The Axne representative at the Ministry of Transport: fixes widespread airline delays and cancellations

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Following recent reports of flight delays and cancellations affecting travelers nationwide, Rep. Cindy Axne (IA-03) wrote a letter to U.S. Department of Transportation Secretary Pete Buttigieg urging the department to hold airlines accountable and crack down on service disruptions.

In 2022 alone, one in five flights were delayed, totaling more than 800,000 delayed flights, and more than 100,000 were canceled, while the price of plane tickets soared by 38%.

These disruptions come despite Congress providing more than $50 billion in COVID-19 relief to help the airline industry recover from the pandemic, which many airlines have used to offer early retirement packages which led to tens of thousands of airline workers, including many pilots, retiring and leaving the workforce.

“As the airline industry faced an unprecedented situation with the COVID-19 pandemic, Congress provided significant funding to ensure the continuation of service. The Department must take action to address these deficiencies in the ability to travel of all Americans,” said Representative Axne. “The airline industry has failed to adequately prepare for the post-pandemic world we are now entering, and has in fact reduced staff and capacity to create many of these problems, despite the help provided to prevent this, and now we must act.”

The full letter can be found here and below.

Secretary Pete Buttigieg

transport department

1200 New Jersey Avenue, SE

Washington, D.C. 20590

Secretary Buttigieg,

As we saw over the past holiday weekend, countless American travel plans have been disrupted due to widespread airline cancellations and delays. Unfortunately, this is not an isolated problem. In 2022 alone, one in five flights were delayed, totaling more than 800,000 delayed flights, and more than 100,000 were canceled, while the price of plane tickets soared by 38%. This past holiday weekend alone saw nearly 17,000 flights delayed and 1,400 canceled in total.

These significant service disruptions have stranded thousands of people and affected vacation travel and family plans for many of my constituents in Iowa. The Department of Transportation (DOT) has jurisdiction and authority to safeguard consumers and be protected from unfair and unreliable air service and I respectfully urge you to use all resources at your disposal to help prevent further flight cancellations and travel complications.

Congress has stepped in on a bipartisan basis to provide COVID-19 relief funding to the airline industry, with more than $50 billion in support during the pandemic. I believe that the industry has a responsibility to fulfill its part of the bargain by ensuring that its services are rendered efficiently without overloading its staff. Unfortunately, many airlines have used these funds to offer early retirement packages that have led to tens of thousands of airline workers, including many pilots, retiring and leaving the workforce. At a minimum, it goes against the spirit of this aid, which was provided to ensure that airlines would continue to provide their current service and keep workers on their payroll.

As travel restrictions eased, the industry should have been ready to resume a full schedule of operations had it not been for these growing numbers of delays and cancellations that are hurting American’s wallets. While airlines have so far been unwilling to use the aid they have received to fulfill their obligations to the American public, I strongly believe that the DOT should use its authority to prompt action and reverse the deterioration of service that we are seeing across the country.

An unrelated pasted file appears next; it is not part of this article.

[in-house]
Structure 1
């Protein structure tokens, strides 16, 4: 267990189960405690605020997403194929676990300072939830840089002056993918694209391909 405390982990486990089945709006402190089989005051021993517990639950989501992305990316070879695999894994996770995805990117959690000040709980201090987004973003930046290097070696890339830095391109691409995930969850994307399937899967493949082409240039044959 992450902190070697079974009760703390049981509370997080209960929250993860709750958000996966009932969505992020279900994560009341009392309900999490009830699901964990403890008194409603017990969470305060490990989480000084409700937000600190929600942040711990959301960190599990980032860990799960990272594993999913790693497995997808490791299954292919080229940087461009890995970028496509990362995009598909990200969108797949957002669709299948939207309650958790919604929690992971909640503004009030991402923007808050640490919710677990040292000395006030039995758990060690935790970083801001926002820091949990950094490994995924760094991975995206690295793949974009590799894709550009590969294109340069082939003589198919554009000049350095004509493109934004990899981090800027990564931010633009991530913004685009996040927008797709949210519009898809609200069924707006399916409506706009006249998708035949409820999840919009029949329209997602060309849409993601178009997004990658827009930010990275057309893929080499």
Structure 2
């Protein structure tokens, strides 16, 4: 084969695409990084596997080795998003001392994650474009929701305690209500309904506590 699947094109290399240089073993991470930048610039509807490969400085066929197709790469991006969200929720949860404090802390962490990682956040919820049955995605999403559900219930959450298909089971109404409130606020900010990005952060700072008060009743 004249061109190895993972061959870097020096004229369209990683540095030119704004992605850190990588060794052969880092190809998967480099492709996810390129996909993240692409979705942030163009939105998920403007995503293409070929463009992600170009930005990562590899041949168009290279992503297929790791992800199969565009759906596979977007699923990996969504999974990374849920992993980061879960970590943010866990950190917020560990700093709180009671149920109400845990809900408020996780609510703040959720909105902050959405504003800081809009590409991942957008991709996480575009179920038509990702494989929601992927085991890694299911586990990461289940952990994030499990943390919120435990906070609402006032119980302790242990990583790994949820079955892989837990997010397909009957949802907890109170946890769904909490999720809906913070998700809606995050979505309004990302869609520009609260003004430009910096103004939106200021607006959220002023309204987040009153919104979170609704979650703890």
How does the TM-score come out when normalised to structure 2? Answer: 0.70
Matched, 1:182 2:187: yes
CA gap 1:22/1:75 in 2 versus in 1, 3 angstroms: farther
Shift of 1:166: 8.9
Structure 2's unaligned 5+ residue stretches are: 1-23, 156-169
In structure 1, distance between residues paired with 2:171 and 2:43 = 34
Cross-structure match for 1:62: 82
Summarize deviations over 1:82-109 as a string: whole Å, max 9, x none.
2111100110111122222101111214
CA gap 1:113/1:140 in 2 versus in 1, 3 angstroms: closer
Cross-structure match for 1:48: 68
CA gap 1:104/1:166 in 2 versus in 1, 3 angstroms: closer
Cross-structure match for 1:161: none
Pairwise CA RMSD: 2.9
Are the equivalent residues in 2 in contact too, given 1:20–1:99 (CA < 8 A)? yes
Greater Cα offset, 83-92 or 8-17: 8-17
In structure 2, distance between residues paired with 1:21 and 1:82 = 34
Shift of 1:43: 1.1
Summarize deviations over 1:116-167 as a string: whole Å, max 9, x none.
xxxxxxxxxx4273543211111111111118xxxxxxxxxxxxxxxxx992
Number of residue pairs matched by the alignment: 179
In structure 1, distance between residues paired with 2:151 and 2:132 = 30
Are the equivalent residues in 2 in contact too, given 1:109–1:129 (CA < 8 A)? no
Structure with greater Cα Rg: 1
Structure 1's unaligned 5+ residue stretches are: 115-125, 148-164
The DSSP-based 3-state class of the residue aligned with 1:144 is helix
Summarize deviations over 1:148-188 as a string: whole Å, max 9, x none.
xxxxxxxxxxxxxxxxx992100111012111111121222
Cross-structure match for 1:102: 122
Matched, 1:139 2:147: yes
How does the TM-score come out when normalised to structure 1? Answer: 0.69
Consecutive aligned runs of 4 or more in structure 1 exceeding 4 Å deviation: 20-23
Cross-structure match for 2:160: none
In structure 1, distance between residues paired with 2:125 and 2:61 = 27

The Department of Transportation has the power to protect consumers against unfair, deceptive and predatory practices. Airlines that sell tickets knowing they would have to cancel thousands are clearly meeting this bar. In 2009, the Department of Transportation instituted a policy that charges airlines up to $27,500 per passenger for each flight canceled due to understaffing or if planes are left on the tarmac for hours. This 2009-era policy penalized airlines for staying on the tarmac and was also extended in 2011 to fairly compensate passengers for being kicked off flights. Due to these travel complications, the Department should take all necessary steps to resolve the issue, including reviewing precedents for guidance.

Finally, while these disruptions are primarily occurring at major airport hubs, this decrease in service is also affecting our smaller airlines in our rural communities. Many small market airports will soon lose passenger service from major airlines and their regional partners, leading to diminished service in communities without easy replacement options.

As the industry faced an unprecedented situation with the COVID-19 pandemic, Congress provided significant funding to ensure continuity of service. The Department must take action to address these shortcomings in the ability to travel for all Americans. The airline industry has failed to adequately prepare for the post-pandemic world we are now entering, and has in fact reduced staff and capacity to create many of these problems, despite the help provided to prevent this, and now we must act.

While I believe airline staff reductions are a significant cause of these delays and selling tickets to flights that airlines know they will not be able to operate is unacceptable, if there are Any other issues that you think could help alleviate the issues that my constituents are facing, let me know. I am happy to work with the Ministry to ensure that further monitoring is carried out and steps are taken to ensure that airlines address the issue without further burdening consumers.

Thank you for your prompt attention to this matter.

Sincerely,

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